Advent Meditations

Advent Wreath

Advent Meditation: December 23

by Jenny Tisi

According to the Celtic Advent Calendar, the last 7 days of Advent are a time to reflect on the great “O Antiphons.” “O Come, O Come Emanuel”, the 7th of the “O Antiphons”, is today’s reflection. This being the last day of Advent, a season I didn’t recognize for most of my life, I have thought about how much the season has meant to me since I have come to All Saints. The calendar asks, “How is God with you?”

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Advent Wreath

Advent Meditation: December 22

Joy As Art and Discipline
by Ed Bacon

I’ve never thought that Joy was a responsibility – a discipline, in fact – that is until this December.

You see, joy has always come easily to me. I love being happy, upbeat, and optimistic; my mother majored in optimism and infected me with in utero. Looking on the sunny side of life gives me pep. Finding hope no matter the conditions of life has the power to change the energy in the room, in a relationship, and in a work or family system. Responding with positivity to bleak circumstances helps one to function more creatively. My great mentor, Rabbi Edwin Friedman, that the opposite of fear, which he understood as living into our uniqueness in leadership and maturity actually improves brain functioning. I must admit, however, that all of this – both by virtue of my personality and the way my parents and mentors shaped me (nature and nurture) has been pretty easy for me.

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Advent Wreath

Advent Meditation: December 21

Mary’s Song is Our Song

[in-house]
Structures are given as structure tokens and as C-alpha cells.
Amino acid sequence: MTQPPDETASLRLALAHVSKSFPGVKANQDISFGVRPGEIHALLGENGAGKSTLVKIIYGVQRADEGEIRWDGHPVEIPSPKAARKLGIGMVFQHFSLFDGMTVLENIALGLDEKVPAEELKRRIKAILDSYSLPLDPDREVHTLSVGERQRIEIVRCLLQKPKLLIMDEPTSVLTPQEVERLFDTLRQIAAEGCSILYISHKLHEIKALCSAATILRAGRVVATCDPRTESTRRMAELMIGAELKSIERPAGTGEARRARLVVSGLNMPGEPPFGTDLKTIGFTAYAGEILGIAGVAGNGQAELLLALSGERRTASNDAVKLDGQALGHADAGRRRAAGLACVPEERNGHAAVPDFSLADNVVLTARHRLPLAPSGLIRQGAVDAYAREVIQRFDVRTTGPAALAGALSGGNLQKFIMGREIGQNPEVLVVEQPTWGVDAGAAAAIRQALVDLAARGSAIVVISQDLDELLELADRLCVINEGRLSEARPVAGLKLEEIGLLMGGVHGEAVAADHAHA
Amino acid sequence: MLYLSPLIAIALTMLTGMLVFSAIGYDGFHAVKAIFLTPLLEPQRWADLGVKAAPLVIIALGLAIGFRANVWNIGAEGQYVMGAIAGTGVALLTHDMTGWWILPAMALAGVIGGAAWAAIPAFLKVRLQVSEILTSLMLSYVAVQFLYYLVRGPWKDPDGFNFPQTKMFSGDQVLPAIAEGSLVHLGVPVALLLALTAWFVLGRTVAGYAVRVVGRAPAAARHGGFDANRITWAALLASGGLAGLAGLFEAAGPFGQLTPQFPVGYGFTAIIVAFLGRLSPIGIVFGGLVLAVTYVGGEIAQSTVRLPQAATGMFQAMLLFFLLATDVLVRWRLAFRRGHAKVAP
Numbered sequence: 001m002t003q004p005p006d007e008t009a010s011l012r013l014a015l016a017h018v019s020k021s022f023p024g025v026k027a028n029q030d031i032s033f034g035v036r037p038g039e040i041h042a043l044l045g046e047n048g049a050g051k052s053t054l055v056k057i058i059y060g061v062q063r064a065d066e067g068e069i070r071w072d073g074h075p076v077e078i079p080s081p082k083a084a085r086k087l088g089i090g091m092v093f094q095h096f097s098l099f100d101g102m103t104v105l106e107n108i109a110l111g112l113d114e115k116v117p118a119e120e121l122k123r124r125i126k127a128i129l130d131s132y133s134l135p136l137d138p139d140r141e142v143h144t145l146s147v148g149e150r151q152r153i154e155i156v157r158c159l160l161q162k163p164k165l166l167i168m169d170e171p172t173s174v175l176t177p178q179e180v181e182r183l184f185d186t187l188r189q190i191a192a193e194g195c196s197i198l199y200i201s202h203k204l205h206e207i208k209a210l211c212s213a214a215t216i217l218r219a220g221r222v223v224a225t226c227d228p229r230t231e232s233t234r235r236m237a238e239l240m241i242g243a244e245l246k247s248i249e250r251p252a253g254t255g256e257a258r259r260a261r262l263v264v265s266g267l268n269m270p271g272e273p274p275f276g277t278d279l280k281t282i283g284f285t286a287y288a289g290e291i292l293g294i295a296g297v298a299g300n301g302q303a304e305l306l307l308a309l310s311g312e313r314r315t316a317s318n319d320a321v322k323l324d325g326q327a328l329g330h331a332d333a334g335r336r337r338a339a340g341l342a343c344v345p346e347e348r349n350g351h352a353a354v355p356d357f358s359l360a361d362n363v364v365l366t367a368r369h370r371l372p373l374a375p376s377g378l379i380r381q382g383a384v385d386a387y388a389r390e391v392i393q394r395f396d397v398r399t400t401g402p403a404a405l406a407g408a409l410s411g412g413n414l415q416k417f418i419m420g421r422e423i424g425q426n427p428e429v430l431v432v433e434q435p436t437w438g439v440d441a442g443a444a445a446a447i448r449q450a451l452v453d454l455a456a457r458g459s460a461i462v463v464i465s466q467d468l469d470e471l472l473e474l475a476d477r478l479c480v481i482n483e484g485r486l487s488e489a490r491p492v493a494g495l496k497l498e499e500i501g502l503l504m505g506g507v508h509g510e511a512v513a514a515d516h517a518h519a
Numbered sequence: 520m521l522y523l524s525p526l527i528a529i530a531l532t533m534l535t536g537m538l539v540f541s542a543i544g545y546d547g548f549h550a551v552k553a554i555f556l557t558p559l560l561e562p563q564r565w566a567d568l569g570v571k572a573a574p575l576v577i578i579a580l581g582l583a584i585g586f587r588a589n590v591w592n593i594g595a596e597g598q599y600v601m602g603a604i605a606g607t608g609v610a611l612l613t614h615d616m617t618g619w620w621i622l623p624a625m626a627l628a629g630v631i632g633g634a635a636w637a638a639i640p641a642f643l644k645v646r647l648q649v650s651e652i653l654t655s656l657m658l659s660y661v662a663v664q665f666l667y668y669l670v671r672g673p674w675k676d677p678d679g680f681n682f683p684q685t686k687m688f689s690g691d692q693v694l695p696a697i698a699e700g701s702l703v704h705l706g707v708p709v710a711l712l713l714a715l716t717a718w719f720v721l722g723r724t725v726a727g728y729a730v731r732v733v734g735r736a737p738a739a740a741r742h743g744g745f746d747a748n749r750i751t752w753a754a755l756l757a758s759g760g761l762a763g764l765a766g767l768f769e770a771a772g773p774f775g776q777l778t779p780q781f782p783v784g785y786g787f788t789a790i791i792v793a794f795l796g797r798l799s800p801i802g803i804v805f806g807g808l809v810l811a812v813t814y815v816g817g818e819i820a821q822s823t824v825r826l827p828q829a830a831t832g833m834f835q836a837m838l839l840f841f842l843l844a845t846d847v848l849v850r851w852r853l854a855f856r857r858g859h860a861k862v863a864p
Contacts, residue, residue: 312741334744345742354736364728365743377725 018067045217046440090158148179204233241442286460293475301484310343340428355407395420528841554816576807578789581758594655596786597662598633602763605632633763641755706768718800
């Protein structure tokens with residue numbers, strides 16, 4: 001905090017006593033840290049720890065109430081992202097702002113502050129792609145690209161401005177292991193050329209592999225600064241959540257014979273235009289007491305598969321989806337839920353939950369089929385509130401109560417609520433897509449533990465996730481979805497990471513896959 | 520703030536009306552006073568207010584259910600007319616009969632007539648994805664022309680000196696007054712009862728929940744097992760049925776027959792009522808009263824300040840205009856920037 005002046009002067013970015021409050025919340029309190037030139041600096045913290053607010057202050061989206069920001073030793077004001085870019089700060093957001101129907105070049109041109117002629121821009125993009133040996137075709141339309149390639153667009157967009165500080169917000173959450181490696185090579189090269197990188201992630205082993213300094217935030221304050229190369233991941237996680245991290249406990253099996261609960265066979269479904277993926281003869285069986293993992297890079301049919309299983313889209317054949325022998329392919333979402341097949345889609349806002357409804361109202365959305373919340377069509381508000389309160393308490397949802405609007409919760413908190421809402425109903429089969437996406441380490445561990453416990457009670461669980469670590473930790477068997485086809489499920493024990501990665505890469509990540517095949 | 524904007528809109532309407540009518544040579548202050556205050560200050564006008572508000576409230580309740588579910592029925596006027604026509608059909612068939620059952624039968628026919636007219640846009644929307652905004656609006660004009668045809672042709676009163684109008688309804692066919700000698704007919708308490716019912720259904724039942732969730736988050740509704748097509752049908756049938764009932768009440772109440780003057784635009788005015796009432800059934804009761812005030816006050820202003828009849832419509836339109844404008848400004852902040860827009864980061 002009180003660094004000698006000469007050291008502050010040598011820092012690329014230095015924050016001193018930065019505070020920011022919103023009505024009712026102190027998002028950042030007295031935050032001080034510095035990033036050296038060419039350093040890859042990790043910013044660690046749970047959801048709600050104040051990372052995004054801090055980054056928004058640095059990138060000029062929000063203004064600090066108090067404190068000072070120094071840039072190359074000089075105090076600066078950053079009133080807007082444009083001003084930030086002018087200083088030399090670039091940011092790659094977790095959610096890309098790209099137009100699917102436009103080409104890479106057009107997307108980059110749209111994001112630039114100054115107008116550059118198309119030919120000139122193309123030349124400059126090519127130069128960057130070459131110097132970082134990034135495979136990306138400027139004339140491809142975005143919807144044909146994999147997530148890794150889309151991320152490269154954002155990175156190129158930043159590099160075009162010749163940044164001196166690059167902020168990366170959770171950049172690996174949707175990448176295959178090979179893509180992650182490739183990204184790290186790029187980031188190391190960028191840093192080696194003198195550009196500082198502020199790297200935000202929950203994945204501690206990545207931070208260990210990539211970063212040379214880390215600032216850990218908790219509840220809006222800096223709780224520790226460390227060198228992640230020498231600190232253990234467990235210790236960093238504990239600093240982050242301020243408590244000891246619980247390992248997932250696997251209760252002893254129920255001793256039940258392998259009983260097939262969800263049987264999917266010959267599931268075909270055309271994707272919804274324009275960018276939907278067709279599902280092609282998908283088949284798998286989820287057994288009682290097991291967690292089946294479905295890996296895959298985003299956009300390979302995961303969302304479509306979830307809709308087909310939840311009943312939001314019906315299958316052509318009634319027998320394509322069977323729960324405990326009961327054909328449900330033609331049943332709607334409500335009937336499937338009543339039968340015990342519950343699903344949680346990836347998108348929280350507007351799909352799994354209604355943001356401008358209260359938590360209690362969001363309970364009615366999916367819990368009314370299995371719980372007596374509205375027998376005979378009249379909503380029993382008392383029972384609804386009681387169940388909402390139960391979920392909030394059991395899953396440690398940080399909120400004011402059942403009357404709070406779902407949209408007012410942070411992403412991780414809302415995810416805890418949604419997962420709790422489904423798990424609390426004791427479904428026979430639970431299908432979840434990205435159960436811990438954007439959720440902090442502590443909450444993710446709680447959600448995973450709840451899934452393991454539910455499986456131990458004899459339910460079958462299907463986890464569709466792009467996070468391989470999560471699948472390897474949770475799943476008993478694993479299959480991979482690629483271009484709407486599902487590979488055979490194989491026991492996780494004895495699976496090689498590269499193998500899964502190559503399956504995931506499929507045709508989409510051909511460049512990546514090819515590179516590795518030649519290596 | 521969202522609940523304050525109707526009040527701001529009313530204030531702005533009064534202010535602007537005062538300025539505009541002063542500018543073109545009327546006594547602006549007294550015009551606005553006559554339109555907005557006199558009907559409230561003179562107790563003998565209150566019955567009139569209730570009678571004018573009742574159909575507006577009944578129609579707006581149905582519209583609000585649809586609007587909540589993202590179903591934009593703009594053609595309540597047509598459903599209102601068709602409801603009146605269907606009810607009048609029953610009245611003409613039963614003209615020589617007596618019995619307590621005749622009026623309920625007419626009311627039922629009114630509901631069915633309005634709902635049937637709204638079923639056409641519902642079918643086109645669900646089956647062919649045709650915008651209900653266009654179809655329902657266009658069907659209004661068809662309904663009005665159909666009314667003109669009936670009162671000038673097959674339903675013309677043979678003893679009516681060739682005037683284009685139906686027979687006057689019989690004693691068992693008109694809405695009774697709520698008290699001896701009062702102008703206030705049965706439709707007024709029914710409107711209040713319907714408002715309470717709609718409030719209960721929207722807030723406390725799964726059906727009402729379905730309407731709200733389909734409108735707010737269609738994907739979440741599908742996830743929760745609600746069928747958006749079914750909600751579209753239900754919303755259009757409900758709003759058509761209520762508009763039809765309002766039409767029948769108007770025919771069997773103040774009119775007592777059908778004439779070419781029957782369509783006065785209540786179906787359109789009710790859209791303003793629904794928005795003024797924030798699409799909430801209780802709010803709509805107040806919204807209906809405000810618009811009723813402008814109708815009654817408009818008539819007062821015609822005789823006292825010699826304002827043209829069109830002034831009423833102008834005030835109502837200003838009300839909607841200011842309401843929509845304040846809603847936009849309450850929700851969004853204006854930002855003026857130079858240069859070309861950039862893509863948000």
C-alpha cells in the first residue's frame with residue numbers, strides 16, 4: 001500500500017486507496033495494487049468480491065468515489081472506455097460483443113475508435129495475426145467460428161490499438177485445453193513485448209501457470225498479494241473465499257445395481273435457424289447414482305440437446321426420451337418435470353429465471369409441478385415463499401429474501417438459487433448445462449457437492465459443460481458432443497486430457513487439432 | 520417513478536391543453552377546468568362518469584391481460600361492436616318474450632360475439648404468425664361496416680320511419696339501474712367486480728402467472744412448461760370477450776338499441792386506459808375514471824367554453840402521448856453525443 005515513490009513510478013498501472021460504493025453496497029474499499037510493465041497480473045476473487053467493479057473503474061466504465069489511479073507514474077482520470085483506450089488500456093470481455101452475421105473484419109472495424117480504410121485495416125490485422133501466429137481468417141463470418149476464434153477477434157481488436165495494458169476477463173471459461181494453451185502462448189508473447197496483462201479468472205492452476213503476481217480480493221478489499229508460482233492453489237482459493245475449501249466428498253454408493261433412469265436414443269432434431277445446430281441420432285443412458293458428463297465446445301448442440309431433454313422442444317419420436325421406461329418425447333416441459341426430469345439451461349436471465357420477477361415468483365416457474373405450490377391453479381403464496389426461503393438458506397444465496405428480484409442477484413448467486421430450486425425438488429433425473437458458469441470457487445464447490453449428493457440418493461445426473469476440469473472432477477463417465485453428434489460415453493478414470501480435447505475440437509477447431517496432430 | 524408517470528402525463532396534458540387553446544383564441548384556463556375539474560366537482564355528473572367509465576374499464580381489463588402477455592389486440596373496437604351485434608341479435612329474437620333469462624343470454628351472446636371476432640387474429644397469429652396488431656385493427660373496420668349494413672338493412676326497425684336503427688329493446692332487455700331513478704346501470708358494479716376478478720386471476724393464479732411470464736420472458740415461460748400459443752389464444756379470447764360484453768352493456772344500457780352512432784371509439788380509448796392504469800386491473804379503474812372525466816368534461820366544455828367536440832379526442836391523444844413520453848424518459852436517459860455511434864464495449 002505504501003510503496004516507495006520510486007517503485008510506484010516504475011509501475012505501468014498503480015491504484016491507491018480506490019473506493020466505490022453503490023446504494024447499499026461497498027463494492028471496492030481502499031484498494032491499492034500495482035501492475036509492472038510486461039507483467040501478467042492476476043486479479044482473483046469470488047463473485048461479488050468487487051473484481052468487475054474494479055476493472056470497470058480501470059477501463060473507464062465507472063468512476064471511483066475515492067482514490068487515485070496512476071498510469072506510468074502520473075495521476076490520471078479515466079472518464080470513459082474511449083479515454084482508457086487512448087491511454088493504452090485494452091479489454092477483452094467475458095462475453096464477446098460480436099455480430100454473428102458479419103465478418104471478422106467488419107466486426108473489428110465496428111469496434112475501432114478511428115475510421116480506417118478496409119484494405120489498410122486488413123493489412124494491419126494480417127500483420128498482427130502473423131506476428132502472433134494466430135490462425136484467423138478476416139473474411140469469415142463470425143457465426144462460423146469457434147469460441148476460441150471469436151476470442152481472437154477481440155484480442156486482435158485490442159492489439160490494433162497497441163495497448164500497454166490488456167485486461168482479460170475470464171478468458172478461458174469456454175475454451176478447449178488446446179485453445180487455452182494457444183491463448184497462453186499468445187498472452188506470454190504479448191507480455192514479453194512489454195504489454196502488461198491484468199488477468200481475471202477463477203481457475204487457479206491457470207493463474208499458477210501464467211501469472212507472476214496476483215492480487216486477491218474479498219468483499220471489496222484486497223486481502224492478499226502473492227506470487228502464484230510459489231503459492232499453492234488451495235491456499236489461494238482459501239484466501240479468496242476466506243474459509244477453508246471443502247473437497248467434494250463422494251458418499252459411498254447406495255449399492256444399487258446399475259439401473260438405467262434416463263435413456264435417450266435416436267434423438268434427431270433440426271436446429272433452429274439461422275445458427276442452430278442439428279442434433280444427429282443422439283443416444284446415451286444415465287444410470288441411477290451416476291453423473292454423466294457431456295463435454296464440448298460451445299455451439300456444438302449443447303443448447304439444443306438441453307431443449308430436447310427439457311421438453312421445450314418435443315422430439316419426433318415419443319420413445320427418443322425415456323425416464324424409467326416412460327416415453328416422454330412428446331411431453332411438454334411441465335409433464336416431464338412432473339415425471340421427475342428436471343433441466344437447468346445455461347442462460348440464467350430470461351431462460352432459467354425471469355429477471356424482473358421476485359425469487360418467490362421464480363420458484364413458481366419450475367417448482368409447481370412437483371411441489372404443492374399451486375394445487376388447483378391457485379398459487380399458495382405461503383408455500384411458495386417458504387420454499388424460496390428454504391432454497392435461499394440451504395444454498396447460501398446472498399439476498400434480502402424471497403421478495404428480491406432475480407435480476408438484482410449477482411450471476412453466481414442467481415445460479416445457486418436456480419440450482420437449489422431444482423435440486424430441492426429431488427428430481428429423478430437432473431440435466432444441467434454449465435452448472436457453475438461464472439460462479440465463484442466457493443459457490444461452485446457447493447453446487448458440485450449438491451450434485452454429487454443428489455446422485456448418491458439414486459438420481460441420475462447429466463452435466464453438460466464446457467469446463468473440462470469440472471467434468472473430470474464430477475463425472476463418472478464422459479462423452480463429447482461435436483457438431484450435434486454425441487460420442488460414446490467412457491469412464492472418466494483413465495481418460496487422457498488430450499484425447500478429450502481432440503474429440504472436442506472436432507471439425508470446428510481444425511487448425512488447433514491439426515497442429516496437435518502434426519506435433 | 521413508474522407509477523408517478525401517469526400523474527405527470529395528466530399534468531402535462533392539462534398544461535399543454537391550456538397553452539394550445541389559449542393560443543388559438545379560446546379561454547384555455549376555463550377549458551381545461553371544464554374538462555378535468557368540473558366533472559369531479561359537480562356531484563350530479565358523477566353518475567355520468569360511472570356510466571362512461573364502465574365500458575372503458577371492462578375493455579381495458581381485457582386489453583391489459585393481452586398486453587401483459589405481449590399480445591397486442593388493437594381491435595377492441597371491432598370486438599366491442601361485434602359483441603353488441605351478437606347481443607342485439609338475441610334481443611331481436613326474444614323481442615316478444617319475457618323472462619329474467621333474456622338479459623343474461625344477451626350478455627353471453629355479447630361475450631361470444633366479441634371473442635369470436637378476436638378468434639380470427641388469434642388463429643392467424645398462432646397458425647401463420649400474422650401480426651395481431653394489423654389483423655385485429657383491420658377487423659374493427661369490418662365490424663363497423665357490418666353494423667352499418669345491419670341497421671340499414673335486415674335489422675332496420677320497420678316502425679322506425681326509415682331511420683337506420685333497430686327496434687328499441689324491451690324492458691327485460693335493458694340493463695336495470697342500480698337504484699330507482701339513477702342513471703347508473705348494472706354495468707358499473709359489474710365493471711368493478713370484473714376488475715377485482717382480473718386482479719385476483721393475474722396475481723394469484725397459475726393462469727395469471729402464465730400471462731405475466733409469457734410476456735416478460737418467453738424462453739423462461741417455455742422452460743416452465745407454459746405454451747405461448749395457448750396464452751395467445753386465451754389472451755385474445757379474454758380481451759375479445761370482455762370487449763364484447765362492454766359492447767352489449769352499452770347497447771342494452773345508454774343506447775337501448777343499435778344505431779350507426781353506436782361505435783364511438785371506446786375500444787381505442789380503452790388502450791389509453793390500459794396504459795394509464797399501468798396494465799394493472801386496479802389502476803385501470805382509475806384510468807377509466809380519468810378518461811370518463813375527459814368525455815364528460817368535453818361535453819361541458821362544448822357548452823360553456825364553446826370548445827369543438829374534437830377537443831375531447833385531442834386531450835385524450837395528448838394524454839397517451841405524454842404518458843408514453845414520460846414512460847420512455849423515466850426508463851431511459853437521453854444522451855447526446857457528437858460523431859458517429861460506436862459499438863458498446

by James Walker

Several colleagues suggested that I share the process of composing Magnificat, recently offered at our Advent Festival of Lessons and Carols. While I’m not usually drawn to writing about music (preferring to make music), this seems appropriate as we focus on Mary on the 4th Sunday of Advent.

I have long been attracted to the theology and poetry of “Mary’s Song”, with the rich imagery of Mary’s mystical experience and her profound response to God’s call. In composing this Magnificat in 2008, I set out to create not only a piece which evokes the historical vision of Mary, but to make that call tangible for us today.

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Advent Wreath

Advent Meditation: December 20

by Francisco Garcia

(Excerpts from Luke 1:26-38)
In the sixth month the angel Gabriel was sent by God to a town in Galilee called Nazareth, to a virgin engaged to a man whose name was Joseph, of the house of David.

And he came to her and said, “Greetings, favored one! The Lord is with you.” But she was much perplexed by his words and pondered what sort of greeting this might be. The angel said to her, “Do not be afraid, Mary, for you have found favor with God. And now, you will conceive in your womb and bear a son, and you will name him Jesus.

The angel said to her, “The Holy Spirit will come upon you, and the power of the Most High will overshadow you; therefore the child to be born will be holy; he will be called Son of God. And now, your relative Elizabeth in her old age has also conceived a son; and this is the sixth month for her who was said to be barren. For nothing will be impossible with God.” Then Mary said, “Here am I, the servant of the Lord; let it be with me according to your word.”

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Advent Meditation: December 19

by Susan Russell

The daily meditations that arrive in my email inbox from Richard Rohr are always worth reading and usually worth sharing. We are honored as a parish to be the venue for the video presentations of his “Conspiracy for God” conference series (“Season One” available for “Re-Viewing” on January 10th at All Saints) – and his recent reflection on The Incarnation struck me as a great addition to our Advent Meditation Calendar.